For example, here in Alaska many dental and medical providers offering tele-medicine to rural providers. This type of service is often life-saving here as it's often the only way services can be provided to these small regions.
It's going to be interesting to watch the growth and changes in this part of the field.
Great post Rachael! I know if I could communicate with my doctors via social media, I'd be way less of the hypochondriac I am now!
Sure thing Rachael. Nice ideas on cracking socialmedia codes for health communicators. Fwded to a few health industry buddies @rachaelseda
@Lisa Gerber Thanks for commenting Lisa! I completely agree! How we communicate is changing and every industry needs to figure out how they can use this to their own benefit. I think the cost of social media would actually be much less compared to the money saved in treating and addressing patient issues more effectively.
@Martina McGowan Thanks for commenting Martina! Yes as I was telling @mdbarber HIPPA is definitely something that is a concern but as you mentioned it can be addressed and many doctors are using social media while abiding by HIPPA.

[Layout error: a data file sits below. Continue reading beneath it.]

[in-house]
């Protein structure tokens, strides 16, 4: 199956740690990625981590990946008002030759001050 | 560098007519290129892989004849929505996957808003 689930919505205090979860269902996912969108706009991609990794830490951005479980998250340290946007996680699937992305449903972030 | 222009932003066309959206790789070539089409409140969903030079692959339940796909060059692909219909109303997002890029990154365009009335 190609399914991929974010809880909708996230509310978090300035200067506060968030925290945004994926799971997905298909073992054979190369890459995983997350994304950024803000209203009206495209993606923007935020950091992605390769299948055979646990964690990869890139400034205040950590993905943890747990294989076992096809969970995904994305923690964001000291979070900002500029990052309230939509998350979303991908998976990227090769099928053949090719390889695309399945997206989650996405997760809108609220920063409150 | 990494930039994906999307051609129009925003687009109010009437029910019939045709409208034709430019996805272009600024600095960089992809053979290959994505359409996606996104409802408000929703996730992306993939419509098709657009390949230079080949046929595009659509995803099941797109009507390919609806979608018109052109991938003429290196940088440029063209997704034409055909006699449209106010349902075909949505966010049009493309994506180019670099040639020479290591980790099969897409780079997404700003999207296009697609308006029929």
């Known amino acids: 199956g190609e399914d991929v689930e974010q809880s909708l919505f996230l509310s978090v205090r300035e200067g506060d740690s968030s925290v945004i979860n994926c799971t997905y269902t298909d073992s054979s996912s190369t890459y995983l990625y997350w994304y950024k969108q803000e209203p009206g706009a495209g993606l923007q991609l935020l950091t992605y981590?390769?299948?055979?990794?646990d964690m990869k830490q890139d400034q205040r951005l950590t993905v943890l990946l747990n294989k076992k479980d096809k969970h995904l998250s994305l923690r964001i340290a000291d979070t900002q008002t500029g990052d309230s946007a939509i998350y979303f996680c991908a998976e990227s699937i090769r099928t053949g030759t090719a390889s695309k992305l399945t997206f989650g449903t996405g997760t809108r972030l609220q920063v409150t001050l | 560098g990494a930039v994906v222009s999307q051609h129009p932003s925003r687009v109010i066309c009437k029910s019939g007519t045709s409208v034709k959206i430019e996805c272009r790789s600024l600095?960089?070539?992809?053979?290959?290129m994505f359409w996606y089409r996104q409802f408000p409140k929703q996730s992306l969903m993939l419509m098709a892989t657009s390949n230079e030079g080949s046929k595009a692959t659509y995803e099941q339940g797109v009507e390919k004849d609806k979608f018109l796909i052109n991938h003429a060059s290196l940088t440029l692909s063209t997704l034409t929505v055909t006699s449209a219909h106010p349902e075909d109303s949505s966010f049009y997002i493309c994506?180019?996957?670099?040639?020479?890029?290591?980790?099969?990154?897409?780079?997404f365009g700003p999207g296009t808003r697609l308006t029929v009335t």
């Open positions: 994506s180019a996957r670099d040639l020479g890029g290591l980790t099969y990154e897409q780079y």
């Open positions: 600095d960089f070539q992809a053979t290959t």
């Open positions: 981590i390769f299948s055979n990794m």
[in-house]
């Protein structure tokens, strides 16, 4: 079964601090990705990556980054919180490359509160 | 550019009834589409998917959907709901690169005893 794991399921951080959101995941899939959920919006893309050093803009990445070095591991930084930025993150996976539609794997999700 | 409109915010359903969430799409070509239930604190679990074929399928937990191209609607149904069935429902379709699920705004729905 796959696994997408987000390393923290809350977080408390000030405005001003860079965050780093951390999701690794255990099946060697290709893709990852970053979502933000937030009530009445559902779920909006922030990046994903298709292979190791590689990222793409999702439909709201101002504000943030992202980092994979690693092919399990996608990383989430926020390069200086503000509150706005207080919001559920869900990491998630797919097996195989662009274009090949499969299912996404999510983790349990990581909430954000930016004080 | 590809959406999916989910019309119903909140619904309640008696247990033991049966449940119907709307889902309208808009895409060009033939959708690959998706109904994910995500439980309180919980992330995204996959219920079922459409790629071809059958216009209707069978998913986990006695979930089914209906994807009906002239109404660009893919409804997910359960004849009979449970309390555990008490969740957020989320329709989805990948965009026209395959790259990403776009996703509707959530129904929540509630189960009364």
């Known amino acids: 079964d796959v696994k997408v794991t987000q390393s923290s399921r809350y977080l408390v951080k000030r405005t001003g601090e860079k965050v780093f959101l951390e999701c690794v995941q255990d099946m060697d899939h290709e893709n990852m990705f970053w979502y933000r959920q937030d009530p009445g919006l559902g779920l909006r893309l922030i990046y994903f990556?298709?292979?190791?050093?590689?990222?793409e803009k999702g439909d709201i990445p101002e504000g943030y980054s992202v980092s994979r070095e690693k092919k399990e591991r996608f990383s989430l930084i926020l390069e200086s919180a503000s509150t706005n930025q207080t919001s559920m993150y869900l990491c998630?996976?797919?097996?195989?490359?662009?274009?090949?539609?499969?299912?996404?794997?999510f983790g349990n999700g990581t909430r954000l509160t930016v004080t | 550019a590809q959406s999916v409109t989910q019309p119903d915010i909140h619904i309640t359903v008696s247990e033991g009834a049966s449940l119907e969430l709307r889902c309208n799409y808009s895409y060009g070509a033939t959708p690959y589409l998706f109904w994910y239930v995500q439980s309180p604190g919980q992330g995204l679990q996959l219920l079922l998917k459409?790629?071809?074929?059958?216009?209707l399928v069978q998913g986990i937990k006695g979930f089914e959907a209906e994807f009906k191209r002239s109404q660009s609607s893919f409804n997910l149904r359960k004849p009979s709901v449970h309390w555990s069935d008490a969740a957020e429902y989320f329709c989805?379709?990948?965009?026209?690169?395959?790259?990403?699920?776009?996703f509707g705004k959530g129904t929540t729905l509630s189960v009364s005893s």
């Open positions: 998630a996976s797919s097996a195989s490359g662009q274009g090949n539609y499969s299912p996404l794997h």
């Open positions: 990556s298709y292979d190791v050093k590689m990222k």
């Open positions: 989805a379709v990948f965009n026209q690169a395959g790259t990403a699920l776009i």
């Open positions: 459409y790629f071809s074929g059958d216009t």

You're right many doctors don't work for themselves. My thought is...if enough doctors start to realize the importance of social media and how it can be used in their work, soon the healthcare system will need to catch up. Yes ROI is always important and this is going to be a valid point to make among insurance carriers and health systems. It will no doubt be interesting to see how it unravels in the next year, two years and decade.
Thanks again for the comment!
@mdbarber Thanks for commenting Mary. Yes HIPPA is indeed a concern but I believe there is a way to use social media that helps your patients and doesn't violate HIPPA. I think there's a big difference between being able to contact your healthcare provider in a different manner (just as say you would on the phone) and offering advice without even seeing the patient.
That's great that doctors in your area offer tele-medicine to rural areas. Thanks again for sharing and commenting!
@rachaelseda @Lisa Gerber I thought of you this morning when I heard this: http://www.npr.org/blogs/health/2012/12/03/166241115/social-media-helps-diabetes-patients-and-drugmakers-connect
You're starting a trend and NPR has picked up on it!
@Lisa Gerber Thanks so much for sharing. Great info, I particularly love this quote ""Getting involved in social media is a critical component of serving the diabetes community," says Urbaniak" woot woot!